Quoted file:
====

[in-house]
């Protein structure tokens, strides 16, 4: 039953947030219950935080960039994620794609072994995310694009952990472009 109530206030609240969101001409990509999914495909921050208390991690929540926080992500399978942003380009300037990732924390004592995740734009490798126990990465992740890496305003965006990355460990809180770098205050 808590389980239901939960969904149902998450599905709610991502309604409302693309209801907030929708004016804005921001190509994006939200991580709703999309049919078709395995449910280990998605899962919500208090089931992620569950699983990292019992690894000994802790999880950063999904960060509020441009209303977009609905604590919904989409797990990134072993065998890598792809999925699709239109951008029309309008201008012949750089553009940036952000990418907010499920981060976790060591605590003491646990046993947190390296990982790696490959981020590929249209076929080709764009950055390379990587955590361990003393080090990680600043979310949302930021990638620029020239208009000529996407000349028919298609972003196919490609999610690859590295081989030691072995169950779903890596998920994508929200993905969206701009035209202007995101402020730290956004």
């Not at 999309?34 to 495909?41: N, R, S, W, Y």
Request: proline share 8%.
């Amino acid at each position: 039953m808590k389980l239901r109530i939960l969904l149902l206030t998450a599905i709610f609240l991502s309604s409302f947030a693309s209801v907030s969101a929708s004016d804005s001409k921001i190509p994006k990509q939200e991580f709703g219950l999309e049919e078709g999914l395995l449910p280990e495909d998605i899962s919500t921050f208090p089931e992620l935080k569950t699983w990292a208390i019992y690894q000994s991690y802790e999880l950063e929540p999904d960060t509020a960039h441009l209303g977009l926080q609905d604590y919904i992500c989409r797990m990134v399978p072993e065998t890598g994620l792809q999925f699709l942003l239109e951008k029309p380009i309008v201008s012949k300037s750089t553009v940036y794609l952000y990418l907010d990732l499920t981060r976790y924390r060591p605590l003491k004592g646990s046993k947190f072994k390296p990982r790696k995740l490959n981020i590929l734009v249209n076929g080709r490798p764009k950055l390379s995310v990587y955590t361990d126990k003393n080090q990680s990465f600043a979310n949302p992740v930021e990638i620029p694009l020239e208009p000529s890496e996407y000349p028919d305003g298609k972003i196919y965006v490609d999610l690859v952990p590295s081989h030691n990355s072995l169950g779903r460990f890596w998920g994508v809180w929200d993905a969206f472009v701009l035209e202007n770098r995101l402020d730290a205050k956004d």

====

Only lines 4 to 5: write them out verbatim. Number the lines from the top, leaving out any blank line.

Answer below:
Request: proline share 8%.
């Amino acid at each position: 039953m808590k389980l239901r109530i939960l969904l149902l206030t998450a599905i709610f609240l991502s309604s409302f947030a693309s209801v907030s969101a929708s004016d804005s001409k921001i190509p994006k990509q939200e991580f709703g219950l999309e049919e078709g999914l395995l449910p280990e495909d998605i899962s919500t921050f208090p089931e992620l935080k569950t699983w990292a208390i019992y690894q000994s991690y802790e999880l950063e929540p999904d960060t509020a960039h441009l209303g977009l926080q609905d604590y919904i992500c989409r797990m990134v399978p072993e065998t890598g994620l792809q999925f699709l942003l239109e951008k029309p380009i309008v201008s012949k300037s750089t553009v940036y794609l952000y990418l907010d990732l499920t981060r976790y924390r060591p605590l003491k004592g646990s046993k947190f072994k390296p990982r790696k995740l490959n981020i590929l734009v249209n076929g080709r490798p764009k950055l390379s995310v990587y955590t361990d126990k003393n080090q990680s990465f600043a979310n949302p992740v930021e990638i620029p694009l020239e208009p000529s890496e996407y000349p028919d305003g298609k972003i196919y965006v490609d999610l690859v952990p590295s081989h030691n990355s072995l169950g779903r460990f890596w998920g994508v809180w929200d993905a969206f472009v701009l035209e202007n770098r995101l402020d730290a205050k956004d």